Yahoo! Plot Summary:
This ensemble comedy is about a married couple, the Jaffes (Hoffman, Tomlin), who work as detectives, helping people solve existential crises in their lives. For those not familiar with the philosophy-based term of "existential crisis", some examples of such a crises would be a "mid-life crisis", a "what am I doing with my life?" sort of hang up, "my life has been a mistake", "my whole life is a joke", etc. Their first client in this movie is Albert Markovski (Schwartzman), who is experiencing angst because of his position at Huckabee's, a popular chain of retail stores. Investigating his workplace, the Jaffes take on one of Albert's coworkers, Brad Stand (Law) as a client as well, which leads them to investigate his girlfriend, Dawn Campbell (Watts), who is the spokesmodel in the Huckabees TV commercials. Meanwhile, Albert teams up with an existential firefighter (Wahlberg) and a French radical (Huppert) out of frustration with the idea that the Jaffes are helping the very man who seems to be part of Albert's existential crisis.Although billed as an existential comedy, this movie is really just existentially confusing. It gets caught up in its own philosophy, repeatedly tripping over itself in its quest to say something that it doesn't get across. As much as Sideways (review) tackles weighty, deep subjects in an easy to follow, calm, collected manner, I Heart Huckabees does not. The movie can be boiled down to the question: Is there meaning to life or not? And it doesn't provide any answer or insite in its rushed attempt to tackle the topic.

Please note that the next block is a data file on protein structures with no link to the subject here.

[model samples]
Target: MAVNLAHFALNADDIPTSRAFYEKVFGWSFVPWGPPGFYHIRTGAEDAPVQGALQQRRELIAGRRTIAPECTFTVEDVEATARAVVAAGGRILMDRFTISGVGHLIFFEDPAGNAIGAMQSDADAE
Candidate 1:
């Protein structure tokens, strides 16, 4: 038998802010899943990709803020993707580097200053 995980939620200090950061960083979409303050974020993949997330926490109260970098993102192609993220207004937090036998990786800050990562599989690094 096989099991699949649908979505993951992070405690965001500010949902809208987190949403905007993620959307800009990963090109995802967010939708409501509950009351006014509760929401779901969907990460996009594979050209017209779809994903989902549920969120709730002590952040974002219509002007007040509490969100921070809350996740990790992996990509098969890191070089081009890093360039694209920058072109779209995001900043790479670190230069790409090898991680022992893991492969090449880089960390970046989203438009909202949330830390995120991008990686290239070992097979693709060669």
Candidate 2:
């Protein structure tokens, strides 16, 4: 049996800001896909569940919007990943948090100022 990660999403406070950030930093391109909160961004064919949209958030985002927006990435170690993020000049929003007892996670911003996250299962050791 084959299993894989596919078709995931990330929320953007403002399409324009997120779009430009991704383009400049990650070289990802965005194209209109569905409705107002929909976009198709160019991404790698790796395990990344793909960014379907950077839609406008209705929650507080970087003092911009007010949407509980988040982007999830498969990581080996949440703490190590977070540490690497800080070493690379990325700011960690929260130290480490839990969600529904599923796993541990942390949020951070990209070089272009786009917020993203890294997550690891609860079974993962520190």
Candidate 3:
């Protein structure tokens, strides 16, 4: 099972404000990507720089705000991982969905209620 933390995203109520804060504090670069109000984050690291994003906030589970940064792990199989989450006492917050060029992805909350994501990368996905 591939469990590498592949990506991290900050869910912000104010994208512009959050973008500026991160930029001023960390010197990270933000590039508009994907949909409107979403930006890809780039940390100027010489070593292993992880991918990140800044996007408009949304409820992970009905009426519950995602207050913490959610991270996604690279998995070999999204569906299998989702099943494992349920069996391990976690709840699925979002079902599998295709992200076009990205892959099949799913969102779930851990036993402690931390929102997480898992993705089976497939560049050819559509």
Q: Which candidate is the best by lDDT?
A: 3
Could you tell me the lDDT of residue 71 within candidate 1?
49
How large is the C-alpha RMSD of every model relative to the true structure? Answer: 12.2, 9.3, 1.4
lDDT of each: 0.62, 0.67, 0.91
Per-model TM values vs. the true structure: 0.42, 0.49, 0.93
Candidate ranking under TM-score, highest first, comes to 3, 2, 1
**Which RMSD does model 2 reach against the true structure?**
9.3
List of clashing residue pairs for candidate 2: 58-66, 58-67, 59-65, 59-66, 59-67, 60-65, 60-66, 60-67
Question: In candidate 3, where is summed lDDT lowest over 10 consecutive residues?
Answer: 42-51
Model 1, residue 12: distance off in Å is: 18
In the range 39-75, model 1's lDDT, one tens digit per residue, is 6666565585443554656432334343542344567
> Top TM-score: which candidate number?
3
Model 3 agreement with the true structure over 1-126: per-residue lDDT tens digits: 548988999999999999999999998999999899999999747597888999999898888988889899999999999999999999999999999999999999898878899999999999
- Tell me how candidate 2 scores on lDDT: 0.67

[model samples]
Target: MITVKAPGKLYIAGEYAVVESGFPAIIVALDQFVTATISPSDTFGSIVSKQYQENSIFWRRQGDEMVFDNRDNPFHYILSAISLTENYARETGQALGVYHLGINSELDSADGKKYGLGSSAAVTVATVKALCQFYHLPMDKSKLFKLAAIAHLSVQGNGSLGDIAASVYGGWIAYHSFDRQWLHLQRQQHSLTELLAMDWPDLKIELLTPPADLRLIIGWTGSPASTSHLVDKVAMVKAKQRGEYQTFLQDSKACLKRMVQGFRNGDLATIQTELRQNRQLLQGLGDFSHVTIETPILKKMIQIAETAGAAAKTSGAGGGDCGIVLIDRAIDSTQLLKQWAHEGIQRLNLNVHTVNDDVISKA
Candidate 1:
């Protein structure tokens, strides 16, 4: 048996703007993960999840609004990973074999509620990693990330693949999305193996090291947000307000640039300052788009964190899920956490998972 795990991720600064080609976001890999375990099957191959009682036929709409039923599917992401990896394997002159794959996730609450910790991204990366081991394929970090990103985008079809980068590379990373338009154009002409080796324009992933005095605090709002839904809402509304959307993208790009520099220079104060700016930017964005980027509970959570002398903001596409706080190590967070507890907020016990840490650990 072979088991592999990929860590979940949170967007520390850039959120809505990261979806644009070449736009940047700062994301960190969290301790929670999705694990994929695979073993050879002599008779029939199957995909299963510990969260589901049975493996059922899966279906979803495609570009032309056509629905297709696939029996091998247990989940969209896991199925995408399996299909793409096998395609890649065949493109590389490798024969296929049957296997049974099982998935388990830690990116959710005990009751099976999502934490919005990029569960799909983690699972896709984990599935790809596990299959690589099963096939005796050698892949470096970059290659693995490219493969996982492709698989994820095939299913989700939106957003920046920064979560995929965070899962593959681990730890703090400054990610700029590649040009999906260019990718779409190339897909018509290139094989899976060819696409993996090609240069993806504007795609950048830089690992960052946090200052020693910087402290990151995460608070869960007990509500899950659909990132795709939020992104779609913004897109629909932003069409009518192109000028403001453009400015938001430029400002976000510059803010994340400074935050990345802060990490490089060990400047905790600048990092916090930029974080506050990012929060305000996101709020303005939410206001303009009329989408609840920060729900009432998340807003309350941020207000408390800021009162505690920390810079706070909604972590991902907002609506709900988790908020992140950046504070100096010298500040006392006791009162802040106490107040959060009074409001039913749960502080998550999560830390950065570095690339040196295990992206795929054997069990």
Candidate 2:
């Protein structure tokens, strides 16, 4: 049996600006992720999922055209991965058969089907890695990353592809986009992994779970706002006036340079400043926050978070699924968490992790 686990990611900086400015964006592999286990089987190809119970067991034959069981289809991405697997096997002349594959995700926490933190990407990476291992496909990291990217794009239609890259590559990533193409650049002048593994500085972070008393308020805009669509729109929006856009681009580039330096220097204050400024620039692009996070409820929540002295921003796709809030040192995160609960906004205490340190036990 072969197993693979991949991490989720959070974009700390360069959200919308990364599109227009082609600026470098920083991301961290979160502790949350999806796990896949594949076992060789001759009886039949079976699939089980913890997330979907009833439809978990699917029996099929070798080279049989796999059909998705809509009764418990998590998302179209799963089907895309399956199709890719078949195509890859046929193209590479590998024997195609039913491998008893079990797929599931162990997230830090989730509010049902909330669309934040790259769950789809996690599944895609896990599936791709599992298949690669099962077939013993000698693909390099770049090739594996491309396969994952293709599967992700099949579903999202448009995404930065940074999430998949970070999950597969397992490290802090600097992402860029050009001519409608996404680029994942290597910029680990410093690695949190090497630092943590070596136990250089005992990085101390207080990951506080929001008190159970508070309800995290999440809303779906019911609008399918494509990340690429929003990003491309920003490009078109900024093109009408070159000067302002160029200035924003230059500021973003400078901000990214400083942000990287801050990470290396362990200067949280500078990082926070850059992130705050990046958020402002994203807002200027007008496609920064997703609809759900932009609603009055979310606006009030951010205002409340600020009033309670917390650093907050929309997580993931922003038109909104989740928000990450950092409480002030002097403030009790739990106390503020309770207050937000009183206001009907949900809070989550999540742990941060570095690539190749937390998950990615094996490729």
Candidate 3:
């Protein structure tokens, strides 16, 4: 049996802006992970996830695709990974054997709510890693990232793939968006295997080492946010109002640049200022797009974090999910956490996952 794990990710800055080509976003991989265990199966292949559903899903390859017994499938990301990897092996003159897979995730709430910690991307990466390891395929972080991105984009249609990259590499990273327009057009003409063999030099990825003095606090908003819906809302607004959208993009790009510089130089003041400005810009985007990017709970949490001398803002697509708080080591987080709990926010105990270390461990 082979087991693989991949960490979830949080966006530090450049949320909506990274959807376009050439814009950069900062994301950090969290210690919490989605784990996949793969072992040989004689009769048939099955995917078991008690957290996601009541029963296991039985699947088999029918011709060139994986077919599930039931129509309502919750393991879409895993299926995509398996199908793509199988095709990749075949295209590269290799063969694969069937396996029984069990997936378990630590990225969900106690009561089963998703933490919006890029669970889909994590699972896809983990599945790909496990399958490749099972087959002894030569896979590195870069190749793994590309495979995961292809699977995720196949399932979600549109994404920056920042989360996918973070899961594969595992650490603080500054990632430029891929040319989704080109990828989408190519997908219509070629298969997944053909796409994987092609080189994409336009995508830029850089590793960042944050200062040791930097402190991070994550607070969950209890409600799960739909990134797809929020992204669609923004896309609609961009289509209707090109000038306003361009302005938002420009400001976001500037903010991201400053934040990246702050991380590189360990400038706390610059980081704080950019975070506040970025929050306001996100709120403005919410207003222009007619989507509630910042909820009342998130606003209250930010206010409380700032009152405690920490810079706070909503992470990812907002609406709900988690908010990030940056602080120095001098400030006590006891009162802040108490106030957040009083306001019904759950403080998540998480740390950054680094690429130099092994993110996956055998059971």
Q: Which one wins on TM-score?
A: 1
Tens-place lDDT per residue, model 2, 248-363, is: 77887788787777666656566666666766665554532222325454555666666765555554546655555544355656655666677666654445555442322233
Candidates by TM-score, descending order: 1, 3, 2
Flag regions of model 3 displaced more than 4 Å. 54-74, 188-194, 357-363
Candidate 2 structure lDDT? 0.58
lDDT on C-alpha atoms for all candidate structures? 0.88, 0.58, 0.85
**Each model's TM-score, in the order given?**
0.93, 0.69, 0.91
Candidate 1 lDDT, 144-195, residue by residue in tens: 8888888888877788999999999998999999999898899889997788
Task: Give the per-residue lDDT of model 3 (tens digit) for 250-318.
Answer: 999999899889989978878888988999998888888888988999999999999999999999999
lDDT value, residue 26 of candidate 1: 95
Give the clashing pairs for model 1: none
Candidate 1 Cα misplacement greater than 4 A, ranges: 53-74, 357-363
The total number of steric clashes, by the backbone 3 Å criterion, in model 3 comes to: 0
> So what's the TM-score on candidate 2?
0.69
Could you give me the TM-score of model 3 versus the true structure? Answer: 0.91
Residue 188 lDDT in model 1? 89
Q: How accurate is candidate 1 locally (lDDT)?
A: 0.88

Can you feel me tripping over my own words in an attempt to explain why this movie just didn't quite work as it meant to? For crying out loud, I almost fell asleep in the middle!
I can't say I truly enjoyed this movie because it really didn't say anything or go anywhere. You may feel like life has a purpose, an underlying connection, or you may feel like life is random and chaotic, meaningless. That's it. To produce a confusing movie that neither directly confronts the interrelation between these concepts nor indirectly suggests any conclusion regarding them is an exercise in futility, much as watching it is.
I'm really not trying to say "don't go see it." Rather, I want you to understand that I'm honestly frustrated with the film and pretty confused about its goals and direction (or lack thereof). It was far too existential for its own good. That's about the punchline.
ALAN'S MOVIE RATING: Maybe Theater-Worthy, maybe Rental-Worthy, maybe not.